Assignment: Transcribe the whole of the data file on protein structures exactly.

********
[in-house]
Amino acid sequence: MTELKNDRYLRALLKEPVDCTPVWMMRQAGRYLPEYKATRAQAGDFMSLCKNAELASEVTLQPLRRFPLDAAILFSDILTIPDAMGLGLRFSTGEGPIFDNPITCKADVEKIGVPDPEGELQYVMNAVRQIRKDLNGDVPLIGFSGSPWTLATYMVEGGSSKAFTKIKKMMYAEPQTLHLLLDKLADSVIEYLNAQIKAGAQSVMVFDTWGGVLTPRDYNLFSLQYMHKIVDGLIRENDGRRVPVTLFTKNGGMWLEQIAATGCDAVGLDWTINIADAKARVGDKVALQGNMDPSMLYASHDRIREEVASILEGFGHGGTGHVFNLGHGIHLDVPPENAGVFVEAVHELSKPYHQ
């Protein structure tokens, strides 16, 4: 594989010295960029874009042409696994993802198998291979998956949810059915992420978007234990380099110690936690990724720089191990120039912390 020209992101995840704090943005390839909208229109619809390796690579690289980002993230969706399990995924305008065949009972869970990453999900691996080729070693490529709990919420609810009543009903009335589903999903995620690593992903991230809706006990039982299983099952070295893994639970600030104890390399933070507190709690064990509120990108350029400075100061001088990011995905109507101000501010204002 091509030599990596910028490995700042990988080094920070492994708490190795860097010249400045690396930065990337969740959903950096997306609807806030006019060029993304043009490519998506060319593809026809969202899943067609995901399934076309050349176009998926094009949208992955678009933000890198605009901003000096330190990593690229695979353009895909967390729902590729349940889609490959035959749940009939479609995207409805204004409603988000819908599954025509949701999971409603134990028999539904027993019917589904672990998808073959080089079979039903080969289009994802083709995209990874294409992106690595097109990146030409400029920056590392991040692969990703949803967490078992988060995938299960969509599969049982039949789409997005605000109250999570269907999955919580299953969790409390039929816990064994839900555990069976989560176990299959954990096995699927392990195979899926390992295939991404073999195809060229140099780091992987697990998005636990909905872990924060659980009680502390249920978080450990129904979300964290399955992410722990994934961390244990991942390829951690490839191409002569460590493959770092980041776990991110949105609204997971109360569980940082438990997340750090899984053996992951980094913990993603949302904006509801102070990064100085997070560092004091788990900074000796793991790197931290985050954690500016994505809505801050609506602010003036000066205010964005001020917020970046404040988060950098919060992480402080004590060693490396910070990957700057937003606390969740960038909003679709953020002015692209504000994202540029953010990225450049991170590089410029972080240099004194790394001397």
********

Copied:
[in-house]
Amino acid sequence: MTELKNDRYLRALLKEPVDCTPVWMMRQAGRYLPEYKATRAQAGDFMSLCKNAELASEVTLQPLRRFPLDAAILFSDILTIPDAMGLGLRFSTGEGPIFDNPITCKADVEKIGVPDPEGELQYVMNAVRQIRKDLNGDVPLIGFSGSPWTLATYMVEGGSSKAFTKIKKMMYAEPQTLHLLLDKLADSVIEYLNAQIKAGAQSVMVFDTWGGVLTPRDYNLFSLQYMHKIVDGLIRENDGRRVPVTLFTKNGGMWLEQIAATGCDAVGLDWTINIADAKARVGDKVALQGNMDPSMLYASHDRIREEVASILEGFGHGGTGHVFNLGHGIHLDVPPENAGVFVEAVHELSKPYHQ
């Protein structure tokens, strides 16, 4: 594989010295960029874009042409696994993802198998291979998956949810059915992420978007234990380099110690936690990724720089191990120039912390 020209992101995840704090943005390839909208229109619809390796690579690289980002993230969706399990995924305008065949009972869970990453999900691996080729070693490529709990919420609810009543009903009335589903999903995620690593992903991230809706006990039982299983099952070295893994639970600030104890390399933070507190709690064990509120990108350029400075100061001088990011995905109507101000501010204002 091509030599990596910028490995700042990988080094920070492994708490190795860097010249400045690396930065990337969740959903950096997306609807806030006019060029993304043009490519998506060319593809026809969202899943067609995901399934076309050349176009998926094009949208992955678009933000890198605009901003000096330190990593690229695979353009895909967390729902590729349940889609490959035959749940009939479609995207409805204004409603988000819908599954025509949701999971409603134990028999539904027993019917589904672990998808073959080089079979039903080969289009994802083709995209990874294409992106690595097109990146030409400029920056590392991040692969990703949803967490078992988060995938299960969509599969049982039949789409997005605000109250999570269907999955919580299953969790409390039929816990064994839900555990069976989560176990299959954990096995699927392990195979899926390992295939991404073999195809060229140099780091992987697990998005636990909905872990924060659980009680502390249920978080450990129904979300964290399955992410722990994934961390244990991942390829951690490839191409002569460590493959770092980041776990991110949105609204997971109360569980940082438990997340750090899984053996992951980094913990993603949302904006509801102070990064100085997070560092004091788990900074000796793991790197931290985050954690500016994505809505801050609506602010003036000066205010964005001020917020970046404040988060950098919060992480402080004590060693490396910070990957700057937003606390969740960038909003679709953020002015692209504000994202540029953010990225450049991170590089410029972080240099004194790394001397």